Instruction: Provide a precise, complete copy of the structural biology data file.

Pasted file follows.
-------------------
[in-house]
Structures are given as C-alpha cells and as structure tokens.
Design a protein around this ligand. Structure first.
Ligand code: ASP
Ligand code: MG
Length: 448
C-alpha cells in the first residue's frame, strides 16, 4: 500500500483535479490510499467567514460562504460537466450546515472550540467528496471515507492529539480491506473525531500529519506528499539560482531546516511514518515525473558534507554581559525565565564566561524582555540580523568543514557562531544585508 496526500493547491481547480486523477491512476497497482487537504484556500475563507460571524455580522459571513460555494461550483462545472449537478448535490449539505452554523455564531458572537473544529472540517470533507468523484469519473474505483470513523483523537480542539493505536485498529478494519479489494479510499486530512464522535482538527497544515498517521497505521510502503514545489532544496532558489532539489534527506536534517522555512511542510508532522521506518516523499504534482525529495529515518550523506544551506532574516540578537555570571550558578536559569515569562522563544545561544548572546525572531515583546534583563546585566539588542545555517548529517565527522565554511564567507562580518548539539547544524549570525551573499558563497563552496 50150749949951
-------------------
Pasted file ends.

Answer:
[in-house]
Structures are given as C-alpha cells and as structure tokens.
Design a protein around this ligand. Structure first.
Ligand code: ASP
Ligand code: MG
Length: 448
C-alpha cells in the first residue's frame, strides 16, 4: 500500500483535479490510499467567514460562504460537466450546515472550540467528496471515507492529539480491506473525531500529519506528499539560482531546516511514518515525473558534507554581559525565565564566561524582555540580523568543514557562531544585508 496526500493547491481547480486523477491512476497497482487537504484556500475563507460571524455580522459571513460555494461550483462545472449537478448535490449539505452554523455564531458572537473544529472540517470533507468523484469519473474505483470513523483523537480542539493505536485498529478494519479489494479510499486530512464522535482538527497544515498517521497505521510502503514545489532544496532558489532539489534527506536534517522555512511542510508532522521506518516523499504534482525529495529515518550523506544551506532574516540578537555570571550558578536559569515569562522563544545561544548572546525572531515583546534583563546585566539588542545555517548529517565527522565554511564567507562580518548539539547544524549570525551573499558563497563552496 50150749949951